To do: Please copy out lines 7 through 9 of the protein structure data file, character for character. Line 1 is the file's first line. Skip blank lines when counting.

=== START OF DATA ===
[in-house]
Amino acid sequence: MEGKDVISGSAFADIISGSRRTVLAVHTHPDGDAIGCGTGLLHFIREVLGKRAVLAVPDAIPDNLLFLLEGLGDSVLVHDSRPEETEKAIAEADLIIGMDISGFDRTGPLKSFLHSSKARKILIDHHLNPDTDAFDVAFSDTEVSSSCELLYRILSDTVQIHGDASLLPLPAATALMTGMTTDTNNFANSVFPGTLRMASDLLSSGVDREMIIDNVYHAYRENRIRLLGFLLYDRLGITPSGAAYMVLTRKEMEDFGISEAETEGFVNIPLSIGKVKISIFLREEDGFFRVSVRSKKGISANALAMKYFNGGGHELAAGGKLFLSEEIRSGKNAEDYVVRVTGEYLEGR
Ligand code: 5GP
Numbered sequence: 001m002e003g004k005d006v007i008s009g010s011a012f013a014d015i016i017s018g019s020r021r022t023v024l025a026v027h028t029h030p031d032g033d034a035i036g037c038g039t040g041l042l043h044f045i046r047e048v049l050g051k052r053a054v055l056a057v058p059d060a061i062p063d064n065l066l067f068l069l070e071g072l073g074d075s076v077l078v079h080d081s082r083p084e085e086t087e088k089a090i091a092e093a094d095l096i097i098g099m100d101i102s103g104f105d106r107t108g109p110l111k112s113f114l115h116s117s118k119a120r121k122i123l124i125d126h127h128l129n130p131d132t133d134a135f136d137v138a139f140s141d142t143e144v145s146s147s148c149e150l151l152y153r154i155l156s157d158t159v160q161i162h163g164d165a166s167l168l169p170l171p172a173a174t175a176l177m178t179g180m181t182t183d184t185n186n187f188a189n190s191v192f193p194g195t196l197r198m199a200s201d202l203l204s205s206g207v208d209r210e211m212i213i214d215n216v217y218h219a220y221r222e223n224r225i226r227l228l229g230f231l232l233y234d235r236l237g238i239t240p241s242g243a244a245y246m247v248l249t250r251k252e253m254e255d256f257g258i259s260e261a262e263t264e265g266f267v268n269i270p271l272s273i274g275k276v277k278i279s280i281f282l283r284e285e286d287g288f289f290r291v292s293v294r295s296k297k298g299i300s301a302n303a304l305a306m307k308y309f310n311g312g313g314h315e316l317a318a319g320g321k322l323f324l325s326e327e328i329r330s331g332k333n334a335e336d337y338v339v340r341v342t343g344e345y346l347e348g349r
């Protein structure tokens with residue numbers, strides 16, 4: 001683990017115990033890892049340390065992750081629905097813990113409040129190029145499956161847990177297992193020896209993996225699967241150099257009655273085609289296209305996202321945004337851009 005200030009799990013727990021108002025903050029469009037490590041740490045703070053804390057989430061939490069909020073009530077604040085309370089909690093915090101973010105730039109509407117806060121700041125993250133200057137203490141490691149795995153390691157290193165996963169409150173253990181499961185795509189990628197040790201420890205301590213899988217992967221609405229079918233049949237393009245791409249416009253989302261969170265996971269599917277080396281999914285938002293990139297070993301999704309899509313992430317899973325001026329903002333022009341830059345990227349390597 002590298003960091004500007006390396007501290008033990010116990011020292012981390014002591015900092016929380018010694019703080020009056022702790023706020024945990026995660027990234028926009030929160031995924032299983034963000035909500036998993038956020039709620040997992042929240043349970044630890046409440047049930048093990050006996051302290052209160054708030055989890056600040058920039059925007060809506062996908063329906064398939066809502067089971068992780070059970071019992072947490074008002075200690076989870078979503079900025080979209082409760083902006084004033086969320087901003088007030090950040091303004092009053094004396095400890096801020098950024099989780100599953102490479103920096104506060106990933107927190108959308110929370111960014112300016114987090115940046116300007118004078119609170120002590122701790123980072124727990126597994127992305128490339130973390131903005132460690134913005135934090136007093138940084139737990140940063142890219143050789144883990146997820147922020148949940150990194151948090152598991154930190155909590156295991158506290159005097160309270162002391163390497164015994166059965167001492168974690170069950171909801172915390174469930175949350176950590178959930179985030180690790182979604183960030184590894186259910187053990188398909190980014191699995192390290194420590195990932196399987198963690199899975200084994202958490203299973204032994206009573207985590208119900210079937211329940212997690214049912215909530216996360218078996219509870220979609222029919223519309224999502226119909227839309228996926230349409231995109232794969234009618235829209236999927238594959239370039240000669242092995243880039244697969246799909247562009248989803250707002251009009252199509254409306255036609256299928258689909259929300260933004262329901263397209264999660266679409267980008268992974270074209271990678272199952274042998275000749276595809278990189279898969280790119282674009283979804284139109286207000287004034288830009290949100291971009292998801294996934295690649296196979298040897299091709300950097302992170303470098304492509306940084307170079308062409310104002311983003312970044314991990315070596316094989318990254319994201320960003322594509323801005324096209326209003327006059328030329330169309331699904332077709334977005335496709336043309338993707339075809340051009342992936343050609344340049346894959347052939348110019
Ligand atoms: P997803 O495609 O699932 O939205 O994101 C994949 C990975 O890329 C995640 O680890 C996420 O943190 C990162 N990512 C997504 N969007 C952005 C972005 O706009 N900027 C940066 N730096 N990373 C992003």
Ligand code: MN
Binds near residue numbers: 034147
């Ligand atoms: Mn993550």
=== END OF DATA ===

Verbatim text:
Ligand code: MN
Binds near residue numbers: 034147
């Ligand atoms: Mn993550």